MAYOR W. R. JOYNER.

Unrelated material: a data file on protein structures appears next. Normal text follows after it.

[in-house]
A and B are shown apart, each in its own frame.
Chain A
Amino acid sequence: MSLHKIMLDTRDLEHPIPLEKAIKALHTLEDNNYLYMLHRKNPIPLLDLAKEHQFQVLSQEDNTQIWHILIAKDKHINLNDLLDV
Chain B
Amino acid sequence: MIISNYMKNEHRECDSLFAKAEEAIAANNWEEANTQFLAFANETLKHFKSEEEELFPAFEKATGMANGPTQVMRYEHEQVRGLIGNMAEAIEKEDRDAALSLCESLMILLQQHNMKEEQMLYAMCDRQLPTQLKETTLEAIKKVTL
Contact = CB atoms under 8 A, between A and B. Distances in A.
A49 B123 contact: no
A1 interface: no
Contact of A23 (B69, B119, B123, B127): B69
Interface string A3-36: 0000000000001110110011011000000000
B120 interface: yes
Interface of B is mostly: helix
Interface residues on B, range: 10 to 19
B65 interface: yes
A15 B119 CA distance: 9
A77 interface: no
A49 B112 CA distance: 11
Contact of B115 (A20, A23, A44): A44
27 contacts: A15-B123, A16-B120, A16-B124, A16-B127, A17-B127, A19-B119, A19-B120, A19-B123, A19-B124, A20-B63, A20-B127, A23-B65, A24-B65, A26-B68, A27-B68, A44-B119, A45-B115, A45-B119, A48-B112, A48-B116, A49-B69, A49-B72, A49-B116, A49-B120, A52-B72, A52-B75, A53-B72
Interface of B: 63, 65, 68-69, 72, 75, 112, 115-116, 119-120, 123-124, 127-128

A telegram from Atlanta, Ga., dated August 23, announces that Chief W. R. Joyner, of the fire department of that city, was on that day elected its mayor. To those who were acquainted with the feeling entertained in the capital of the Empire State of the South in favor of Chief Joyner as a candidate for the highest municipal honors his success is no surprise. In him the city will have not only an able chief executive, but one whose reputation for honesty of purpose and fixed determination to see the affairs of the municipality fairly and honestly administered is proverbial. It is, therefore, safe to prophesy that, under his regime, Atlanta’s progress and increase in prosperity will he very marked. Chief Joyner is a fire chief of very long standing, and has, besides, held that office without a single break for considerably over twcc.tv years. He rose to the chief executive office of the fire department entirely through his own merits, and reached the highest rung in the ladder only after having first stepped on the lowest and climbed to the ton without skipping a step. He had no political backer, but was the architect of his own fortune. Hence it is that the same principle of promotion by merit has been one of the distinguishing features of his term of office. In his administration he has not pandered to any party, but from the outset banished politics from the department and showed no favor to any officer or man. For that reason, and because of the utter impartiality he has shown in the treatment of his men, he has been enabled to keep the department 11]) to the topmost notch in both discipline and efficiency, and, in consequence, has inspired his fellow citizens with the utmost confidence in the capabilities of his firefighting force. So high, indeed, has been the reputation of the Atlanta fire department for excellence and good work, that Chief Joyner has more than once been applied to by other cities to supply them with men of his training to serve as their fire chiefs, and none has ever had occasion to be disappointed in the man he has sent. The esteem in which Chief Joyner has always been held by his brother fire chiefs has been shown on three different occasions: In 1887. when lie served as president of the International Association of Eire Engineers, and in 1903 and 1904. when he was elected, twice in succession, to till the same honorable office. And now that Chief Joyner has reached the highest position in the gift of his fellow citizens—the goal to which he has looked forward for some time—while the firefighting community will lose him as an active member, it may be taken as certain that he will never be forgetful bf its claims when necessary. Its loss is Atlanta’s gain. and. in assuming the burden of the mayoraltv. he takes noon himself its grave responsibilities followed by the heartiest congratulations of his many friends, and not least those of EIRE AND WATER ENGINEERING, accompanied hv the best wishes for his success as Mayor of Atlanta.